ISSF is working to discover and advocate for best practices for an urgent change in fishing gear: the biodegradable fish aggregating device, or bio-FAD. As Dr. Gala Moreno writes, some of ISSF’s most exciting work centers on “jelly-FADs”—bio-FADs designed in collaboration with a team of physical oceanographers.
Jelly-FADs are made of organic materials and are smaller than traditional models, yet they drift slowly, like jellyfish, so ocean currents are less likely to carry them too far afield. Both of those qualities will reduce their environmental impact if they are lost or abandoned.
REPORT: Questions and Answers About FADs and Bycatch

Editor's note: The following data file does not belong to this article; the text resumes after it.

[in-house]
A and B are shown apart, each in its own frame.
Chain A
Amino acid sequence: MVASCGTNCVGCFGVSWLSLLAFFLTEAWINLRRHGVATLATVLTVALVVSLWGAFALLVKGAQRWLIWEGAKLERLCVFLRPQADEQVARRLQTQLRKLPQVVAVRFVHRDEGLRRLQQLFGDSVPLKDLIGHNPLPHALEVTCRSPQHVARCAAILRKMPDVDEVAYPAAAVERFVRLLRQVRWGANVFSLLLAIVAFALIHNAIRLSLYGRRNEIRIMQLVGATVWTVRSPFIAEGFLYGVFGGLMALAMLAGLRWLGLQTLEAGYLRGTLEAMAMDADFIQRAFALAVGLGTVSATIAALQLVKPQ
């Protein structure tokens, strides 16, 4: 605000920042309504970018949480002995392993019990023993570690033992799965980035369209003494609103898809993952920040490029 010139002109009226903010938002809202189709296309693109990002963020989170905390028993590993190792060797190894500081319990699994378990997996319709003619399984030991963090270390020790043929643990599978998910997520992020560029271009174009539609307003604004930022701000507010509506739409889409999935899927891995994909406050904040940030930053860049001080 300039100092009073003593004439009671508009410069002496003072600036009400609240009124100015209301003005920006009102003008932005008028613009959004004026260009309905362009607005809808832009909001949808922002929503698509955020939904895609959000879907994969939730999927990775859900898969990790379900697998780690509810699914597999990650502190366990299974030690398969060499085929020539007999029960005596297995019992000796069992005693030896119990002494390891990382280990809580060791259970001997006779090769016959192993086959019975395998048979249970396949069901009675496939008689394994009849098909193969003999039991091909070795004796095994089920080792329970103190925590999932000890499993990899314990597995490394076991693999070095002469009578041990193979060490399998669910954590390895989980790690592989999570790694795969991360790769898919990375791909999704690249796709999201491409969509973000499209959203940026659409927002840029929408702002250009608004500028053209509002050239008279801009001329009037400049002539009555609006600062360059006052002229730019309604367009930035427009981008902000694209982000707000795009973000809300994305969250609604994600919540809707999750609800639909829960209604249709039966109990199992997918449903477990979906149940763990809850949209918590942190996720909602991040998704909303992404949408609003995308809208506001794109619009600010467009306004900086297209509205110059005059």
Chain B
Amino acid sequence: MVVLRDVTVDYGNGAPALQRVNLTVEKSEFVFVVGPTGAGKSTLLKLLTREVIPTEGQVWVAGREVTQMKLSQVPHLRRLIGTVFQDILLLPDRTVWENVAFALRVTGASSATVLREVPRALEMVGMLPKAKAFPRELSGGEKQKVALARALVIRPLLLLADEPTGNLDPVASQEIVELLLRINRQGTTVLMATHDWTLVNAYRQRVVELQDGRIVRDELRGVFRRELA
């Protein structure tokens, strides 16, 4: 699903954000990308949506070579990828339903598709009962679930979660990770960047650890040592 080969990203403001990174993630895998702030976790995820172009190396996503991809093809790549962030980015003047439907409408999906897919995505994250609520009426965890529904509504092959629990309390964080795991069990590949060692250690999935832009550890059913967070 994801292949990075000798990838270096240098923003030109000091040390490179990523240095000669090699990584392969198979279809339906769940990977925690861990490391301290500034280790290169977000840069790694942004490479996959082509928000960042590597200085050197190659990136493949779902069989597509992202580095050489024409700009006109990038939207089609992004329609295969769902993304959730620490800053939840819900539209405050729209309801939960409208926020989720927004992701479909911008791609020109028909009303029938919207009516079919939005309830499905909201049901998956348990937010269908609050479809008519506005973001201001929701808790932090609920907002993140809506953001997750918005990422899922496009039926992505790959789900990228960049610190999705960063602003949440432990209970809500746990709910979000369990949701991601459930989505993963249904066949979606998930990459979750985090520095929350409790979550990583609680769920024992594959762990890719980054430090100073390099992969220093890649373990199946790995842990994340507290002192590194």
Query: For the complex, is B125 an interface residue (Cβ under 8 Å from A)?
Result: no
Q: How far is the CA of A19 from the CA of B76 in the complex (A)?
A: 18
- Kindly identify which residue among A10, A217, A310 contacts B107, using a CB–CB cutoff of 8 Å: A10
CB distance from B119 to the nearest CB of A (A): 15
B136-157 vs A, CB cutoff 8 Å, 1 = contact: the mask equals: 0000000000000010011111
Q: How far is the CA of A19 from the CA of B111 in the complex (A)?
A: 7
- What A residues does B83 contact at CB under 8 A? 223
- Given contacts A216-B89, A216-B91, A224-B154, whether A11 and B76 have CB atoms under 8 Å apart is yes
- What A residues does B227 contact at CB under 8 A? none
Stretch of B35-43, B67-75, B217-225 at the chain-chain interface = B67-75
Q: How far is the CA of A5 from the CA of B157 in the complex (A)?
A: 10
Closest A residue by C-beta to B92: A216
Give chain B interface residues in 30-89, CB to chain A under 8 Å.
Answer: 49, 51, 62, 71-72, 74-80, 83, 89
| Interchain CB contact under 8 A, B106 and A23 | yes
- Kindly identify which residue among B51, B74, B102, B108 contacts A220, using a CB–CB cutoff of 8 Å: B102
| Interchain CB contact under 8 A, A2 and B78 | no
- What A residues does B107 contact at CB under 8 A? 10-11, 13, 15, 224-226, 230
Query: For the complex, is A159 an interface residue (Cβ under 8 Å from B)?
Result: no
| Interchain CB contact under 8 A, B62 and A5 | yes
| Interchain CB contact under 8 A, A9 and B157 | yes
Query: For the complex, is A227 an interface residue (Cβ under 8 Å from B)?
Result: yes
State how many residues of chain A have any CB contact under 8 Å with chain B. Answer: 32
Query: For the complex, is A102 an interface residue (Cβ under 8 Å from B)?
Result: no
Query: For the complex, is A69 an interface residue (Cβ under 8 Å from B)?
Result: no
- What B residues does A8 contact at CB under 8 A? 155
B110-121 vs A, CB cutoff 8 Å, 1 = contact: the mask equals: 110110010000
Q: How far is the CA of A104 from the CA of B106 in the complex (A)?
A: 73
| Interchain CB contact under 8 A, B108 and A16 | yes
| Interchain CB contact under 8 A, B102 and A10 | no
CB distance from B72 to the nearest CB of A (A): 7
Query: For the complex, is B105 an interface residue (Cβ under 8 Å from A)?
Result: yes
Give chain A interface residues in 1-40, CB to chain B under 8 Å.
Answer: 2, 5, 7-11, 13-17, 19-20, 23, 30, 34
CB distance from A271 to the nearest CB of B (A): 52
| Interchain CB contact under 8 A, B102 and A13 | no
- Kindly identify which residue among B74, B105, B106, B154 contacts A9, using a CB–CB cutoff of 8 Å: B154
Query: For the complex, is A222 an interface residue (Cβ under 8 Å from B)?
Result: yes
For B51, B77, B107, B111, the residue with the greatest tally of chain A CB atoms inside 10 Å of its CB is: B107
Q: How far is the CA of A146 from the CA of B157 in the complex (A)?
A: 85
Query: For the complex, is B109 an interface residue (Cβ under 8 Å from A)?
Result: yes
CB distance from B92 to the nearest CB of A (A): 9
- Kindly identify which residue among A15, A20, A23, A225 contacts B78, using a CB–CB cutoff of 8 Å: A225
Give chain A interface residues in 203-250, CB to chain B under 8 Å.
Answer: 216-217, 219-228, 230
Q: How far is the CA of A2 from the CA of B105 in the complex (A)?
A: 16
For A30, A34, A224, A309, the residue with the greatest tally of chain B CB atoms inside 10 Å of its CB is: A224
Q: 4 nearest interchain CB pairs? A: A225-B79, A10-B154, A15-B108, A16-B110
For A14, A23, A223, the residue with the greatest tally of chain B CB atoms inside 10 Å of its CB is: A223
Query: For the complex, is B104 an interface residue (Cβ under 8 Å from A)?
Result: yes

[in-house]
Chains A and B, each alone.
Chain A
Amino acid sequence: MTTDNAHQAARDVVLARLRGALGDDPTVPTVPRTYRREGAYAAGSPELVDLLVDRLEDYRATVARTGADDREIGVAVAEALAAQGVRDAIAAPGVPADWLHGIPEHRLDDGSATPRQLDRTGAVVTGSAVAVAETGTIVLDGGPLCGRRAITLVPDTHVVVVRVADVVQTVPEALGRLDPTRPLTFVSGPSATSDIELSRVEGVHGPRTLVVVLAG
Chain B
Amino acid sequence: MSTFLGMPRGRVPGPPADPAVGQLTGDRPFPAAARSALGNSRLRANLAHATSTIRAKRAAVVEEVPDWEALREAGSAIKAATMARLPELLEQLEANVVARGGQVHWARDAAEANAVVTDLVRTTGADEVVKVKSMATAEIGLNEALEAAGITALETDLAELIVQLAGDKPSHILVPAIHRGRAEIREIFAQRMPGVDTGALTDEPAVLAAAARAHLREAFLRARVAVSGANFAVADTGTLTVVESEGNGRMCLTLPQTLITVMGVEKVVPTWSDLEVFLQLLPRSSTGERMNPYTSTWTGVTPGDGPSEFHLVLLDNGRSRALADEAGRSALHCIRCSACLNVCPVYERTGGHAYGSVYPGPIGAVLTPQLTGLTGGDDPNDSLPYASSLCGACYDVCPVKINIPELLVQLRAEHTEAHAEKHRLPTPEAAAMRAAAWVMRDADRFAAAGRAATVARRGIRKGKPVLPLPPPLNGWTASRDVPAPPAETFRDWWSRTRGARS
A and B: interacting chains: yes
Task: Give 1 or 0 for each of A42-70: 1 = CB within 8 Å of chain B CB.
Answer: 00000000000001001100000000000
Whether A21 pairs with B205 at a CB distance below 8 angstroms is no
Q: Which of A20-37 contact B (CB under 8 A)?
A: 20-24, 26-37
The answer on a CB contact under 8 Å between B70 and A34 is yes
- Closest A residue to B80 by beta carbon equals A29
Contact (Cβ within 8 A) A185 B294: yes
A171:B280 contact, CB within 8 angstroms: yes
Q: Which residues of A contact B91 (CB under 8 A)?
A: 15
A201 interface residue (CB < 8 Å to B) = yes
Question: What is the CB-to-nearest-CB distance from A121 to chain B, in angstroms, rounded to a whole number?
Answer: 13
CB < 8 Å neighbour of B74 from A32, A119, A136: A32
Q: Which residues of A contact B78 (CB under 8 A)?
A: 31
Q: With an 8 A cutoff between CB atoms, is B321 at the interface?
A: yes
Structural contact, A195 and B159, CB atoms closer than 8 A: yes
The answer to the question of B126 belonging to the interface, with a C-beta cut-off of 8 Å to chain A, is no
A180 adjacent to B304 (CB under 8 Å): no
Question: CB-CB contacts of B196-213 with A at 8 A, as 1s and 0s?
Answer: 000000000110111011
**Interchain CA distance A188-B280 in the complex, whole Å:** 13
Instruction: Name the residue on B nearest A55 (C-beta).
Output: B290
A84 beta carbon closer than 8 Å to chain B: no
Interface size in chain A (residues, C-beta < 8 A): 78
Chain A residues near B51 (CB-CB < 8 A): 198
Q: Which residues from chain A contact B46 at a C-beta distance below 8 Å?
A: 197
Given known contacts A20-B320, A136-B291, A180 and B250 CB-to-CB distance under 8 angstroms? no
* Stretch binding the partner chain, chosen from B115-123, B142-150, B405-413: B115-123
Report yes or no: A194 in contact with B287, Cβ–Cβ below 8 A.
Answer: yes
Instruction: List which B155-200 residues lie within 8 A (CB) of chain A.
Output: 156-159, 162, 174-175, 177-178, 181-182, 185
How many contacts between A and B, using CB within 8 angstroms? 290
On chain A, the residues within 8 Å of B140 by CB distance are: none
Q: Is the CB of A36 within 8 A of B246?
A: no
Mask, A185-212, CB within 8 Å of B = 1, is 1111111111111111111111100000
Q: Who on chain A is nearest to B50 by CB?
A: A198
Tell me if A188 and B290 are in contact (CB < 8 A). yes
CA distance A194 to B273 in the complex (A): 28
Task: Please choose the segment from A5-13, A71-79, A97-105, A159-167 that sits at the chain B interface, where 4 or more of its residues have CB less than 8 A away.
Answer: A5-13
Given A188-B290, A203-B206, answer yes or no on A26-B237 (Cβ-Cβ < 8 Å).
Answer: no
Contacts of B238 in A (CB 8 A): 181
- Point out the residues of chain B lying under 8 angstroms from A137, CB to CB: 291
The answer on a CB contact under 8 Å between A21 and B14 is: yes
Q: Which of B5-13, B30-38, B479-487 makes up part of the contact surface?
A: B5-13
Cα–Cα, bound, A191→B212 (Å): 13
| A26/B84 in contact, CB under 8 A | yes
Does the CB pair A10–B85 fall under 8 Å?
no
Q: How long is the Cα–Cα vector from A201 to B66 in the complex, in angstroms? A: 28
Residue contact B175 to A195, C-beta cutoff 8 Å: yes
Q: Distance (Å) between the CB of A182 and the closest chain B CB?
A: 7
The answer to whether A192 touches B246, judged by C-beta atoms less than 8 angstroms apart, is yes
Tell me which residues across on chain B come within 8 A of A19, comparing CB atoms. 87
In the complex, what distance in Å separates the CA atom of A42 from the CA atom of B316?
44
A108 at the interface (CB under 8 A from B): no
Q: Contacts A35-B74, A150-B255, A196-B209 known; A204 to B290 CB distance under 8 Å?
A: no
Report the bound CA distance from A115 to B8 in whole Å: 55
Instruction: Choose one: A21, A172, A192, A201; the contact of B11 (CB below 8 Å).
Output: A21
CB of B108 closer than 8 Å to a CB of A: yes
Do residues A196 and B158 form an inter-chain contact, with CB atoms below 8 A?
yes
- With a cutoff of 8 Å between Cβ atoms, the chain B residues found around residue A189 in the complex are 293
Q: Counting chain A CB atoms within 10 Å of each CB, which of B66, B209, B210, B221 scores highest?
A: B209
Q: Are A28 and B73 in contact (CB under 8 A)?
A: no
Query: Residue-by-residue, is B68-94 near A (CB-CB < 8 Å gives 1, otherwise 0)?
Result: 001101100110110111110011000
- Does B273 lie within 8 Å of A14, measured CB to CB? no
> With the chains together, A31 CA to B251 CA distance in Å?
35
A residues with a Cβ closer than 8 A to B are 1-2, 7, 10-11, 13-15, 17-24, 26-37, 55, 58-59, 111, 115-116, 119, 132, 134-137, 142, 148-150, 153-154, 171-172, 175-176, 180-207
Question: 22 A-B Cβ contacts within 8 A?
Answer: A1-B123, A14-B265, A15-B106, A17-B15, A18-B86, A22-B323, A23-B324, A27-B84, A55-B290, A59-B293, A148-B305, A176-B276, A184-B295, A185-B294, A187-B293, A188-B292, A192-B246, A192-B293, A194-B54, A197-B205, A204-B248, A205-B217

These questions are examples of the many timely inquiries addressed in the ISSF technical report, Questions and Answers About FADs and Bycatch. Illustrated throughout with charts and graphics, the report reflects the latest tuna fisheries data.
A related blog by Dr. Victor Restrepo, Reviewing Progress on the Path to Better Designed, Better Managed FADs, reviews the efforts of ISSF, together with research, NGO, and industry partners, to ensure that FAD fisheries are sustainable for the long term.
Take a behind-the-scenes look at research on the latest FAD innovation.
Fact Checking on FADs
An ISSF video examines six frequently discussed ideas on FADs.